In our experience, whether it’s a packaging, transportation, temp labor, or a telecom agreement, saying “no changes, here’s my signature” is a classic blunder.
Because contract renewals or extensions can be deceptively simple. For example, if a procurement manager is satisfied with their current relationship and the rep approaches them with a rate reduction approaching contract renewal, it looks like an “easy win.” The department head saves on unit prices and avoids a large batch of paperwork headaches, while still getting what they want.
Except there are some aspects of contract dynamics that are kept outside your line of sight. Yes, a solid team of strategic and operational leaders can pin-point the product features demanded by the marketplace, evaluate how the current offering stacks up against the competition, and identify the best-of-breed providers in a variety of areas. What they often can’t see without outside assistance is how a pricing offer compares to prevailing rates—in both the offshore and domestic market.
The Cellphone Parallel
When conducting contract negotiations with an incumbent vendor, terms are inevitably benchmarked against existing pricing. The problem: legacy pricing often bears little resemblance to prevailing market conditions. This is especially true of relationships that have stood for five years or longer. Think of how much the technology curve has shifted almost entirely in the manufacturer’s favor. Odds are, new features and specifications have been appended along the way with their own dynamics – meaning a fresh look at the market may be long overdue.
Here are the facts: vendors will be as aggressive with pricing as needed in order to win business. Consider the ongoing barrage of enticing offers from cellular and cable providers…available to new customers only. Loyal existing customers aren’t eligible for free phones and other such perks. If you raise enough static you might be able to wrangle a discount, but that 8% price cut may feel more like money left on the table than a bonus.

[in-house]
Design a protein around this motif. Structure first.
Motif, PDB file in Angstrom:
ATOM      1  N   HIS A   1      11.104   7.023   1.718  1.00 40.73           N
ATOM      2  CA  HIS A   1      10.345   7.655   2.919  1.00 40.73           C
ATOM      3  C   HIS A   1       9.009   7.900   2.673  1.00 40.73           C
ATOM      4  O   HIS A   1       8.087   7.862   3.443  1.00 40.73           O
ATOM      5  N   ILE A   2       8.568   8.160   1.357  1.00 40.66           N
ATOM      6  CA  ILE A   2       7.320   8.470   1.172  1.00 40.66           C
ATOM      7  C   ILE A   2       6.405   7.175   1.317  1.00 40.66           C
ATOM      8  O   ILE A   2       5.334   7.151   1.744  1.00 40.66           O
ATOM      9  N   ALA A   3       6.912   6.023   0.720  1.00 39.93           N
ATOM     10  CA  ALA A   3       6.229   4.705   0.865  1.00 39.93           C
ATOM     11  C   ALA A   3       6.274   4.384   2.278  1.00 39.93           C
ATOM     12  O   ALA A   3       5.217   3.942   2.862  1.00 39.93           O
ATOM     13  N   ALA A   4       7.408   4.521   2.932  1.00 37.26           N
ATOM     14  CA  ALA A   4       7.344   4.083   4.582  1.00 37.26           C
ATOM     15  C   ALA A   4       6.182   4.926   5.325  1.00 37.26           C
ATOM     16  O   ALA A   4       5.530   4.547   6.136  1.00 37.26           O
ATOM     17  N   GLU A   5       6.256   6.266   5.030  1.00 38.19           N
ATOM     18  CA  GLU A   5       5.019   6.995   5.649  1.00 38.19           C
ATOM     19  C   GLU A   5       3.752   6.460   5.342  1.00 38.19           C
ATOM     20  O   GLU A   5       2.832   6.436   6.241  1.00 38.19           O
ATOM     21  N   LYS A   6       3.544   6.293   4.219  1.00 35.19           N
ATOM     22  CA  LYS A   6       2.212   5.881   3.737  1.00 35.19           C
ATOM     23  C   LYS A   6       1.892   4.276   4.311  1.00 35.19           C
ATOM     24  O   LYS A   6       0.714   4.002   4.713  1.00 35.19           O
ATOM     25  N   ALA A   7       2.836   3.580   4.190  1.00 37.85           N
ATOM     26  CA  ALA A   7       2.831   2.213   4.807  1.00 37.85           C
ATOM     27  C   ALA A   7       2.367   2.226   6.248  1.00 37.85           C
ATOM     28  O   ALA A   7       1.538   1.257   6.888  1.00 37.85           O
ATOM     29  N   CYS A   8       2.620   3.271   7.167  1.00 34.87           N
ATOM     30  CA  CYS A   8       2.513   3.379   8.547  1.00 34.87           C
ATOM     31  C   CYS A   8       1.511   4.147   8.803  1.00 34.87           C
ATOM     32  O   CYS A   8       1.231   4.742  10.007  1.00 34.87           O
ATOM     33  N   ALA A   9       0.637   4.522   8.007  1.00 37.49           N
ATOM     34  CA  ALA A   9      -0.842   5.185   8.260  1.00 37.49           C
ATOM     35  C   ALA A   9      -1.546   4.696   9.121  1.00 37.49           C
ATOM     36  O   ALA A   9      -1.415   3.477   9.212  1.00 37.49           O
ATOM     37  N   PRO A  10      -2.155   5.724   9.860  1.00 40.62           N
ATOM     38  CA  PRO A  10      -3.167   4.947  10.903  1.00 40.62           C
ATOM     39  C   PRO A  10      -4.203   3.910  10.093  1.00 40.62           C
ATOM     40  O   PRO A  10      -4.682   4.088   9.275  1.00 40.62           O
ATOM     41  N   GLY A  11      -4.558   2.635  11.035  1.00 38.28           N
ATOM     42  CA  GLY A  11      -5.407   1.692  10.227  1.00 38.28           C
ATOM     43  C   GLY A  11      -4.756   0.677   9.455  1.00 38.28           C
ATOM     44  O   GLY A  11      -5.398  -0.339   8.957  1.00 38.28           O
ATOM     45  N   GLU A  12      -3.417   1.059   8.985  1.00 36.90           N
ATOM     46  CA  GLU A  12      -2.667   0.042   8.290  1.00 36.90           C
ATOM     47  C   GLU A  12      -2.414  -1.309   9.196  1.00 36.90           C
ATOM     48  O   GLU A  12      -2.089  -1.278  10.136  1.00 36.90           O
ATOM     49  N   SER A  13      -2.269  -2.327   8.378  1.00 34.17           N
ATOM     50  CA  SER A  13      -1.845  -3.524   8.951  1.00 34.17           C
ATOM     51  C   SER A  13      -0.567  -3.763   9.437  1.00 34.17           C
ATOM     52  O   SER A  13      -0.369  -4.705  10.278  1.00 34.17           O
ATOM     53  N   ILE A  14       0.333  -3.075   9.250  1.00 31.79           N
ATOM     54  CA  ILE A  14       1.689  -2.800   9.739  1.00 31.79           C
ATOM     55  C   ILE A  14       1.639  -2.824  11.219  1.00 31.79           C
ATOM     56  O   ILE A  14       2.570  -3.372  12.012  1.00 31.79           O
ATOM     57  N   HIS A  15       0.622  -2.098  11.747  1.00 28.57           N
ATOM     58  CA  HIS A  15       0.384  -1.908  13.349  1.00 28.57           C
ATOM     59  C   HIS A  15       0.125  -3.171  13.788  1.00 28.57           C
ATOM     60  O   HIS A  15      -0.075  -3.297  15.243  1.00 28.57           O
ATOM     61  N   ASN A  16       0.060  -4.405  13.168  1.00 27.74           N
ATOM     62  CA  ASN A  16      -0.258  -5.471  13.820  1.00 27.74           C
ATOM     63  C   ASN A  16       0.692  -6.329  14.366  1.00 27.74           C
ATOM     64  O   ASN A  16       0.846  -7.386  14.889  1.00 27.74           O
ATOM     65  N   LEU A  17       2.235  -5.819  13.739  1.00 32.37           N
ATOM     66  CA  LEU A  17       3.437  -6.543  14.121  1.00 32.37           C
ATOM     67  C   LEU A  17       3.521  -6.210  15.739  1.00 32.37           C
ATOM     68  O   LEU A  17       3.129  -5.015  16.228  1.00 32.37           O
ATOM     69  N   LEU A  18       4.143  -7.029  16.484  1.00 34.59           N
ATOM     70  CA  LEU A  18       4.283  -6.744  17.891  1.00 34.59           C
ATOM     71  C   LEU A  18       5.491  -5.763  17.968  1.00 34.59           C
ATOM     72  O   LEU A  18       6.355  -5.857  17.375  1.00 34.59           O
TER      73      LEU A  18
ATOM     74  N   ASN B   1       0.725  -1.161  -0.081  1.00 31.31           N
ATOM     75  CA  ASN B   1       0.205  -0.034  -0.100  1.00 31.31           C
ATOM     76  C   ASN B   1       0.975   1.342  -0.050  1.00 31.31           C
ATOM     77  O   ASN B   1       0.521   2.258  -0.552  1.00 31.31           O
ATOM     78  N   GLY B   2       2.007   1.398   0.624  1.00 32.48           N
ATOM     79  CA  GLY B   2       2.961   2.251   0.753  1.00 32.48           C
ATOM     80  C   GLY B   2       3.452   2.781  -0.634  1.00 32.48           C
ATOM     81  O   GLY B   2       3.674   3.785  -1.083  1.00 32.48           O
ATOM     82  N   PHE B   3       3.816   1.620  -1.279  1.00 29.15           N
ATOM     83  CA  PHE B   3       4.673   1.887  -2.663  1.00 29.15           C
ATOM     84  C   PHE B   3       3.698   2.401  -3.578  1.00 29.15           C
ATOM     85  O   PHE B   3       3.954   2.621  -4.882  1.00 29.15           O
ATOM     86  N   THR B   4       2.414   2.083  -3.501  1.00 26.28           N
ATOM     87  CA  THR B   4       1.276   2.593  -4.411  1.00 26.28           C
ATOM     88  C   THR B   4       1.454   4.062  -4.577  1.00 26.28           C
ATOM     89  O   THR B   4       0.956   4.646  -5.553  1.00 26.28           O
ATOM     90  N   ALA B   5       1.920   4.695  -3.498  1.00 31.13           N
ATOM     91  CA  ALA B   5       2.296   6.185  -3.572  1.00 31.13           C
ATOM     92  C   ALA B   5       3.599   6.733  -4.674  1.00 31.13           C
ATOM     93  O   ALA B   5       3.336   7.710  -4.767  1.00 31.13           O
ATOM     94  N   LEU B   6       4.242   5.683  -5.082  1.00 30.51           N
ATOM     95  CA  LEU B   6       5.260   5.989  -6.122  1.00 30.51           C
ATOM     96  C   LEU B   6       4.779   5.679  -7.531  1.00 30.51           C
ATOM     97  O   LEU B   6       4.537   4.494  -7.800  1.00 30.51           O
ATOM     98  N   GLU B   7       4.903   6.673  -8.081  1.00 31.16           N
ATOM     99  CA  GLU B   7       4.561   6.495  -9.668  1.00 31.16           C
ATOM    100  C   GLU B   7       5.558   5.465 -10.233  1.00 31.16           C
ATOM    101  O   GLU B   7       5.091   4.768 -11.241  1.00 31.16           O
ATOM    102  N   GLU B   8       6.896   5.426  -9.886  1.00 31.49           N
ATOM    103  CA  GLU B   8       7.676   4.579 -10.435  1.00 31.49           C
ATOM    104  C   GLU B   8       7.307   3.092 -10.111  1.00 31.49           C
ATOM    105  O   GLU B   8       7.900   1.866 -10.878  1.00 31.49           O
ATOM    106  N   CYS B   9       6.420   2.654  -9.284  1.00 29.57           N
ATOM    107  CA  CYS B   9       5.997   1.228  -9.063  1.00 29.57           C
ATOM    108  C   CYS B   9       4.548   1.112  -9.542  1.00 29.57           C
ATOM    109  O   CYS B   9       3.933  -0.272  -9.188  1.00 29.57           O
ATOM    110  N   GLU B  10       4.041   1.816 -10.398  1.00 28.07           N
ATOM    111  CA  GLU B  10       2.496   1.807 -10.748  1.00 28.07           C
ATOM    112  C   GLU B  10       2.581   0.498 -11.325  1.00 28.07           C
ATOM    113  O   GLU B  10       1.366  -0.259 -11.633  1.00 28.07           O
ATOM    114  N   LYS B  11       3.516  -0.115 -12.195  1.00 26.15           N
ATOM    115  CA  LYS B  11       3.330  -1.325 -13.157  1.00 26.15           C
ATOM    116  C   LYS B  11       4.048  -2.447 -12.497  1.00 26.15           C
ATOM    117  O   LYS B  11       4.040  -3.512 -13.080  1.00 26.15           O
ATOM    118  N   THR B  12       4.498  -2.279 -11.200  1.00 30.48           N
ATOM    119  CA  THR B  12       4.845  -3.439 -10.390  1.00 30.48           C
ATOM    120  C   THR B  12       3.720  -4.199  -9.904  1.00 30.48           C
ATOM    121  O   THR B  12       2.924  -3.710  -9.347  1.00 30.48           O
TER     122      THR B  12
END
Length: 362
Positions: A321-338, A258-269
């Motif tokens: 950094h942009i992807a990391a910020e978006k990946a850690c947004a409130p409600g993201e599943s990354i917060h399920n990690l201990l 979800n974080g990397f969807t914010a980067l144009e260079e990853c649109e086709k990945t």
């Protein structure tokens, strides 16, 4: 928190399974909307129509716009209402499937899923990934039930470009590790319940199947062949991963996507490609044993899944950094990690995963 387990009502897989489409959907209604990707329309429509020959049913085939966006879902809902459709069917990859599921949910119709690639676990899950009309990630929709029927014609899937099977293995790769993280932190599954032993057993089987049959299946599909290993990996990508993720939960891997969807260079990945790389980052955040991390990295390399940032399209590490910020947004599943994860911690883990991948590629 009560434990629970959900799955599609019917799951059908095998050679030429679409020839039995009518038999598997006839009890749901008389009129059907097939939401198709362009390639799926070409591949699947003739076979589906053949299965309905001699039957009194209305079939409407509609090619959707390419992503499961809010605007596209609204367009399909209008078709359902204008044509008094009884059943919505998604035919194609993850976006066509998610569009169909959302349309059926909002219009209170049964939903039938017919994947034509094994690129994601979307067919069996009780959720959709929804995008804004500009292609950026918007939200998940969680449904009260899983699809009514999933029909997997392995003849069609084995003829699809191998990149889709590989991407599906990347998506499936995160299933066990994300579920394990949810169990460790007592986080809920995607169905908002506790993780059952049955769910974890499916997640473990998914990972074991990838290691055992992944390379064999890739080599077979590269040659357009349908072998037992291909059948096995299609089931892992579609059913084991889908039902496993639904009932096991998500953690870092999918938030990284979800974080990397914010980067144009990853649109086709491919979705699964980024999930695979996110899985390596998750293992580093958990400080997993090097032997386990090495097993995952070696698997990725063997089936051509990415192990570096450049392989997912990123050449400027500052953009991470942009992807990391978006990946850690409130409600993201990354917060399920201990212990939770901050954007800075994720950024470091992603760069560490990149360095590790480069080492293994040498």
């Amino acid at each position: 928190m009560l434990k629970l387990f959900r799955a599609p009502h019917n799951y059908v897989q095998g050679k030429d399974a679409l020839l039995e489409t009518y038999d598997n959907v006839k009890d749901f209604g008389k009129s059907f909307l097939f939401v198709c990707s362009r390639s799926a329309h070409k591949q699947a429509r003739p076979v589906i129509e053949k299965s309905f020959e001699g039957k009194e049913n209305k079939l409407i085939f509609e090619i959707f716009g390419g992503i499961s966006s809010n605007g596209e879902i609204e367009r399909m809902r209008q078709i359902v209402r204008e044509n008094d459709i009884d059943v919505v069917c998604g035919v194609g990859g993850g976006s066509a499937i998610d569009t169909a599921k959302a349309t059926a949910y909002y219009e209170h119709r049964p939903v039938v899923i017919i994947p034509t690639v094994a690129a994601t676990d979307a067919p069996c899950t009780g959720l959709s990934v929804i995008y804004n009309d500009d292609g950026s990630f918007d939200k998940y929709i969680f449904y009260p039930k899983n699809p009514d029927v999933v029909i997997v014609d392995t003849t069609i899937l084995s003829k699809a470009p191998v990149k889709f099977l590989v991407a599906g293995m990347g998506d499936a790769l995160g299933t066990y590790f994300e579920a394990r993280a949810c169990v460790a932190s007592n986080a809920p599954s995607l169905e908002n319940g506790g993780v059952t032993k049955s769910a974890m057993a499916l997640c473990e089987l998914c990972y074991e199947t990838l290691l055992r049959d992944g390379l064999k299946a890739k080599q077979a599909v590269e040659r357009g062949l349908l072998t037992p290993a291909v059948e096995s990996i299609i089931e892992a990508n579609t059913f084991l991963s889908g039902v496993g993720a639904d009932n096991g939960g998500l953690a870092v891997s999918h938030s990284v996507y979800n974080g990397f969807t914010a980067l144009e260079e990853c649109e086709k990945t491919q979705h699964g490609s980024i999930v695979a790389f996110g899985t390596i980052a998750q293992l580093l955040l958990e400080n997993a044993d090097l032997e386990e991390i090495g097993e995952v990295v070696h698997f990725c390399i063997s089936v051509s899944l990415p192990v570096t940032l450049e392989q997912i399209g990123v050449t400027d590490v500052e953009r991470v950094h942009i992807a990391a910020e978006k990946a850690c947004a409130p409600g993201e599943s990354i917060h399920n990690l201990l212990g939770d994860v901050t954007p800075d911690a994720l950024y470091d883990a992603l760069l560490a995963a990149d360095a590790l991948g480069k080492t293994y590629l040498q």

Of course, most vendors don’t advertise their competing offers like mobile networks. Shoppers can do their due diligence by checking with industry groups, but these are usually made up of colleagues also in the midst of long-term agreements. Given the various services and specs offered, it’s hard to draw an apples-to-apples comparison. That’s why there’s a competitive advantage to be gained by enlisting industry experts who constantly work with these vendors and have a view of the broader landscape.
Miami is not Denver
Leaders who reach out to peers to assess the market are likely gathering data from someone in the same geography or same industry. However, vendors face differing competitive environments in various regional markets, and it shows. In order to make inroads in Houston, for example, a given provider might be willing to be more aggressive with pricing than they would in Boston. Another may enjoy much higher margins in Denver than Miami, making a preemptive offer of a 10% cut an appealing option before a rival can upset the status quo with a 30% sweetheart deal.
The Bottom Line
Everything is negotiable. Even if you’re happy with your current relationship, don’t leave money on the table. Addressing a few vendor blind spots can generate big savings without causing disruption, both with contract renewals/extensions as well as new product or component selections. Again, the key is to work with a partner who has a broad enough frame of reference to bring such disparities to your attention. SRM uses benchmarks and a broad scope of market insight to assist clients in seeing the big picture. How may we help you?